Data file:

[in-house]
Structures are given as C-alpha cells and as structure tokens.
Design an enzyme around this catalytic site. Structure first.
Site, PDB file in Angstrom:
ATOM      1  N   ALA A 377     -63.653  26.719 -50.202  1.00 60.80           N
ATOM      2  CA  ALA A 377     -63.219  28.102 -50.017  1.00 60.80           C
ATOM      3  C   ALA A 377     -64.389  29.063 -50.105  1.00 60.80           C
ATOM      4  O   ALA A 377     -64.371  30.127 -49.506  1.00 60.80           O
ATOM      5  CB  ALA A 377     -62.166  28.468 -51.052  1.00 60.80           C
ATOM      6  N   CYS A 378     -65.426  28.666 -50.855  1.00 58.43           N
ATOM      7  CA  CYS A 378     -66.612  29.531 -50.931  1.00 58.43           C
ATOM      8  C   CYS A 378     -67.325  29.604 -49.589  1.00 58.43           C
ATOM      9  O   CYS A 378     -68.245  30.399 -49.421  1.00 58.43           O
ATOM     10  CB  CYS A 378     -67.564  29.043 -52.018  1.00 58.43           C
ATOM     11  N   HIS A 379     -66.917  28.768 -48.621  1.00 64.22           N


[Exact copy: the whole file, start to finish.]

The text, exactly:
[in-house]
Structures are given as C-alpha cells and as structure tokens.
Design an enzyme around this catalytic site. Structure first.
Site, PDB file in Angstrom:
ATOM      1  N   ALA A 377     -63.653  26.719 -50.202  1.00 60.80           N
ATOM      2  CA  ALA A 377     -63.219  28.102 -50.017  1.00 60.80           C
ATOM      3  C   ALA A 377     -64.389  29.063 -50.105  1.00 60.80           C
ATOM      4  O   ALA A 377     -64.371  30.127 -49.506  1.00 60.80           O
ATOM      5  CB  ALA A 377     -62.166  28.468 -51.052  1.00 60.80           C
ATOM      6  N   CYS A 378     -65.426  28.666 -50.855  1.00 58.43           N
ATOM      7  CA  CYS A 378     -66.612  29.531 -50.931  1.00 58.43           C
ATOM      8  C   CYS A 378     -67.325  29.604 -49.589  1.00 58.43           C
ATOM      9  O   CYS A 378     -68.245  30.399 -49.421  1.00 58.43           O
ATOM     10  CB  CYS A 378     -67.564  29.043 -52.018  1.00 58.43           C
ATOM     11  N   HIS A 379     -66.917  28.768 -48.621  1.00 64.22           N